by Hellene Hiner

A parent asked her child’s piano teacher:  ‘My child learned to read very quickly.  So tell me, why does he struggle now to read music?”

The Language of the Fingers: It is a common misconception that reading words and reading music notes follow the same process.  Children learn to read after they can speak fluently in the same language.  But playing piano makes us use our fingers to “speak”, and our fingers are our “voice” and “vocal cords” as well.  Do we have an inborn skill to manage our ten fingers the same way that we control our vocal cords? No!  For this reason, a piano beginner of whatever age misses the keys and messes up his finger work, just like a baby whose first efforts at speaking begin with babbling his first words.  Teaching someone who cannot say a single phrase is not the same as teaching someone who talks like a chatterbox!

Multi-tasking of Fingers and Eyes: Another point to ponder:  Five- or six-year old readers are capable of focusing their eyesight on small objects (letters) and shifting their focus along a line of words.  They are capable of helping themselves most of the time, by pointing at the line with a finger or a ruler to prevent them from losing track of the words they read.  But in piano-playing, there are more than ten black tracks and eleven white ones that a music reader must follow all at once!  Piano-playing beginners cannot easily help themselves by pointing, because their fingers are busy with the keys.  Maintaining the eye’s focus over all these tracks is a skill singly applied only in the arena of piano playing and chess.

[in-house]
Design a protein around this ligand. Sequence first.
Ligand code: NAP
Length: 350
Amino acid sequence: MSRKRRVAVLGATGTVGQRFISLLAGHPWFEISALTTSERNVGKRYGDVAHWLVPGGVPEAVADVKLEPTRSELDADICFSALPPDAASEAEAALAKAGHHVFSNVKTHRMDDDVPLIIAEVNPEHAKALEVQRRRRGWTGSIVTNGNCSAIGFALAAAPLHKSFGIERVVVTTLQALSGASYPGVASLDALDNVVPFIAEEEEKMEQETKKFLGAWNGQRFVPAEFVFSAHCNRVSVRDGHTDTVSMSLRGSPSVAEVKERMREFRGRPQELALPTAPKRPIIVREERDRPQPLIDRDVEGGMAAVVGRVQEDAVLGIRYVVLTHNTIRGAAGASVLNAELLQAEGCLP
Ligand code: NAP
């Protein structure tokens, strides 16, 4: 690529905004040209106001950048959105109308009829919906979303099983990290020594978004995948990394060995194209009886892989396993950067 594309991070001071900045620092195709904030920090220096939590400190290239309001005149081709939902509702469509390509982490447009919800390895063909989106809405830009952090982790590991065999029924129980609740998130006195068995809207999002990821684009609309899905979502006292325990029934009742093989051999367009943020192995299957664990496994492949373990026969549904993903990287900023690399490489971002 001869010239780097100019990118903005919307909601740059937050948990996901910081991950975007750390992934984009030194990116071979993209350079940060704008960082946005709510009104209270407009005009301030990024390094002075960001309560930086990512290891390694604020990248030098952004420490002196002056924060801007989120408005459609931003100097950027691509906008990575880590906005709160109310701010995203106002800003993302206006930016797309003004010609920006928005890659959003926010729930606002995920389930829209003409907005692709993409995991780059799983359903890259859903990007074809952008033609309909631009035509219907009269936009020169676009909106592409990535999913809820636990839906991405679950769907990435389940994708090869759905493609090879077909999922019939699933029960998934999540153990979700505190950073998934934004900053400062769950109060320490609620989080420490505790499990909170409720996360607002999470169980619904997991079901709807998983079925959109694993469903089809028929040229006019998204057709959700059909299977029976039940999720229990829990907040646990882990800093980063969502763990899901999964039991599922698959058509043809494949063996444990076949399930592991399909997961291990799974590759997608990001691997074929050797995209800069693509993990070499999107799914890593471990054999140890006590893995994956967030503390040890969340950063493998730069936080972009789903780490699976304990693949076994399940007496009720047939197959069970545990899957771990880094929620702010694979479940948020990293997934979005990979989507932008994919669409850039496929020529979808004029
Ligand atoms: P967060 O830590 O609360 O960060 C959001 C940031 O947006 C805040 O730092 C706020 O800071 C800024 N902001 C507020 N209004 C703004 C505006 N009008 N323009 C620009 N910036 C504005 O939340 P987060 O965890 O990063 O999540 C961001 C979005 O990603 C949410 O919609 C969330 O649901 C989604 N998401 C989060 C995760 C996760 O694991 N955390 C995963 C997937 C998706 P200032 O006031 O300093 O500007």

In addition to fingering the keys, a beginner must divide his eyesight between the notations and his hands on the keys.  Otherwise, he will not hit the right target!  Beginners cannot sneeze or hiccough, fearing that they could lose their position on the keys and never find their way again.

The Job for the Ears: Not every person, child or adult, musically talented or not, can distinguish between the sounds for O and U, and between U and Y.  Likewise, not every student can perceive a difference between C and C-sharp.  The reason for this is simple:  throughout most of his life, a child is busy learning to speak.  His early efforts are garbled.  For example, he could make sounds to approximate his wish, babbled as “I want candy,” instead producing for him steamed broccoli and carrots!  Determining differences between and among sounds develops over time and experience.